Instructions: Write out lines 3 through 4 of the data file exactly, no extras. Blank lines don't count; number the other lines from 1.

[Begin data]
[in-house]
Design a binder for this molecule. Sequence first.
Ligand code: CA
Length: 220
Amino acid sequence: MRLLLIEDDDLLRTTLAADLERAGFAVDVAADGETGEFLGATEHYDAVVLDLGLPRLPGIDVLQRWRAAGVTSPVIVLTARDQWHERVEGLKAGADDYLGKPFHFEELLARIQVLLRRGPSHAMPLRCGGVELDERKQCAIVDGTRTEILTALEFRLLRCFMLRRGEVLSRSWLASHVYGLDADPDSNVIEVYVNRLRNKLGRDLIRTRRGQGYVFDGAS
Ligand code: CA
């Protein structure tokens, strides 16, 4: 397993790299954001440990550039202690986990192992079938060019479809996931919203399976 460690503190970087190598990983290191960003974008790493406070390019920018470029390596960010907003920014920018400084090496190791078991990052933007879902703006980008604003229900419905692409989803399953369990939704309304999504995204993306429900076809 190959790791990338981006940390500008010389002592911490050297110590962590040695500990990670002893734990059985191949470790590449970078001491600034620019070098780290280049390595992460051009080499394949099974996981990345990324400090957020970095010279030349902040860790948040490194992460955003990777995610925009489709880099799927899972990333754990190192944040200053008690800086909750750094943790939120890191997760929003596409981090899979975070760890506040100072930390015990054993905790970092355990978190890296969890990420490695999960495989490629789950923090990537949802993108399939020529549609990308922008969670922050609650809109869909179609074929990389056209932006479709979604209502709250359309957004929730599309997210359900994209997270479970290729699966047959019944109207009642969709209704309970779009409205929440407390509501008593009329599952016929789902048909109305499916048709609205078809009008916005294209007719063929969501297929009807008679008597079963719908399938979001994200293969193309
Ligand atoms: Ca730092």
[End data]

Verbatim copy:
Ligand code: CA
Length: 220